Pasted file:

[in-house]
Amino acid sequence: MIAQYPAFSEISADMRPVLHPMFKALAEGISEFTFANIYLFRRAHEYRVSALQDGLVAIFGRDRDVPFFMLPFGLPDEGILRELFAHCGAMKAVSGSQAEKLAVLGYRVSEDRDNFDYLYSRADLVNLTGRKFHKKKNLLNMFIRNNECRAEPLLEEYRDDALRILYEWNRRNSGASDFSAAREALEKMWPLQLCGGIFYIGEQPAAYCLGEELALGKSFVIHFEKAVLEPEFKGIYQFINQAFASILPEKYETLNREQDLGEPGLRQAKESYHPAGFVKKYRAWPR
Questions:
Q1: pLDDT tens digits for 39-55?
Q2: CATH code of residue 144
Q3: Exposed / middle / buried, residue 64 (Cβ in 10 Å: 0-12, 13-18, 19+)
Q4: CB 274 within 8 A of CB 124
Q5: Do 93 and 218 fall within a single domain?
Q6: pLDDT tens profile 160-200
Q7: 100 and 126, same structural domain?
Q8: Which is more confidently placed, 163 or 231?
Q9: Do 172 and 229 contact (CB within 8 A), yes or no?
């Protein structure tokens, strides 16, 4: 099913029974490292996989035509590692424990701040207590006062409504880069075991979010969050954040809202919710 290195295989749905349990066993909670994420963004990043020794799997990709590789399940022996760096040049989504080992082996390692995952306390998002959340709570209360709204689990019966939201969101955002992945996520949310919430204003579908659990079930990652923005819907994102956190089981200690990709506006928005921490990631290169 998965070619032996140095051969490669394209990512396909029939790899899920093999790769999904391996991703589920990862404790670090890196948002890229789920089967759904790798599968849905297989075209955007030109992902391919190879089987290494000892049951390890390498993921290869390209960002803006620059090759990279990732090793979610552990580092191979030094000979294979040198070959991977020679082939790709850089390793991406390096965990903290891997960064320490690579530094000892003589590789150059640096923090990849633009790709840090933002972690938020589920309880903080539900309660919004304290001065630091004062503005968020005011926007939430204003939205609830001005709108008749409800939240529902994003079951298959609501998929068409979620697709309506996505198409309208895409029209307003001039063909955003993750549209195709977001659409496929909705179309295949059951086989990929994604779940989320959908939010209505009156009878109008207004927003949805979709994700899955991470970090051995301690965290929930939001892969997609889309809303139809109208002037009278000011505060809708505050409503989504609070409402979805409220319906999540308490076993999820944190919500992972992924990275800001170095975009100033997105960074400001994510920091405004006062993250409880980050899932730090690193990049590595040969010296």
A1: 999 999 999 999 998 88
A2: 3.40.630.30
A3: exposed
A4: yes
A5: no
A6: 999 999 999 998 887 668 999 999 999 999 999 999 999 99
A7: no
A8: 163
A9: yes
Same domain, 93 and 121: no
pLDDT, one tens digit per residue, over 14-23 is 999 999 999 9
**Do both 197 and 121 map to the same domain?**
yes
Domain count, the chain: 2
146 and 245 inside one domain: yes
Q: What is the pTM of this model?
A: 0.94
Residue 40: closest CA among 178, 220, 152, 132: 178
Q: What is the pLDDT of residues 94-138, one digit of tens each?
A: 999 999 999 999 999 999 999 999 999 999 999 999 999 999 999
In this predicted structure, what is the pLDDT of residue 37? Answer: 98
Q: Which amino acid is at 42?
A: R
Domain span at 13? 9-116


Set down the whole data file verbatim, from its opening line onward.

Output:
[in-house]
Amino acid sequence: MIAQYPAFSEISADMRPVLHPMFKALAEGISEFTFANIYLFRRAHEYRVSALQDGLVAIFGRDRDVPFFMLPFGLPDEGILRELFAHCGAMKAVSGSQAEKLAVLGYRVSEDRDNFDYLYSRADLVNLTGRKFHKKKNLLNMFIRNNECRAEPLLEEYRDDALRILYEWNRRNSGASDFSAAREALEKMWPLQLCGGIFYIGEQPAAYCLGEELALGKSFVIHFEKAVLEPEFKGIYQFINQAFASILPEKYETLNREQDLGEPGLRQAKESYHPAGFVKKYRAWPR
Questions:
Q1: pLDDT tens digits for 39-55?
Q2: CATH code of residue 144
Q3: Exposed / middle / buried, residue 64 (Cβ in 10 Å: 0-12, 13-18, 19+)
Q4: CB 274 within 8 A of CB 124
Q5: Do 93 and 218 fall within a single domain?
Q6: pLDDT tens profile 160-200
Q7: 100 and 126, same structural domain?
Q8: Which is more confidently placed, 163 or 231?
Q9: Do 172 and 229 contact (CB within 8 A), yes or no?
């Protein structure tokens, strides 16, 4: 099913029974490292996989035509590692424990701040207590006062409504880069075991979010969050954040809202919710 290195295989749905349990066993909670994420963004990043020794799997990709590789399940022996760096040049989504080992082996390692995952306390998002959340709570209360709204689990019966939201969101955002992945996520949310919430204003579908659990079930990652923005819907994102956190089981200690990709506006928005921490990631290169 998965070619032996140095051969490669394209990512396909029939790899899920093999790769999904391996991703589920990862404790670090890196948002890229789920089967759904790798599968849905297989075209955007030109992902391919190879089987290494000892049951390890390498993921290869390209960002803006620059090759990279990732090793979610552990580092191979030094000979294979040198070959991977020679082939790709850089390793991406390096965990903290891997960064320490690579530094000892003589590789150059640096923090990849633009790709840090933002972690938020589920309880903080539900309660919004304290001065630091004062503005968020005011926007939430204003939205609830001005709108008749409800939240529902994003079951298959609501998929068409979620697709309506996505198409309208895409029209307003001039063909955003993750549209195709977001659409496929909705179309295949059951086989990929994604779940989320959908939010209505009156009878109008207004927003949805979709994700899955991470970090051995301690965290929930939001892969997609889309809303139809109208002037009278000011505060809708505050409503989504609070409402979805409220319906999540308490076993999820944190919500992972992924990275800001170095975009100033997105960074400001994510920091405004006062993250409880980050899932730090690193990049590595040969010296």
A1: 999 999 999 999 998 88
A2: 3.40.630.30
A3: exposed
A4: yes
A5: no
A6: 999 999 999 998 887 668 999 999 999 999 999 999 999 99
A7: no
A8: 163
A9: yes
Same domain, 93 and 121: no
pLDDT, one tens digit per residue, over 14-23 is 999 999 999 9
**Do both 197 and 121 map to the same domain?**
yes
Domain count, the chain: 2
146 and 245 inside one domain: yes
Q: What is the pTM of this model?
A: 0.94
Residue 40: closest CA among 178, 220, 152, 132: 178
Q: What is the pLDDT of residues 94-138, one digit of tens each?
A: 999 999 999 999 999 999 999 999 999 999 999 999 999 999 999
In this predicted structure, what is the pLDDT of residue 37? Answer: 98
Q: Which amino acid is at 42?
A: R
Domain span at 13? 9-116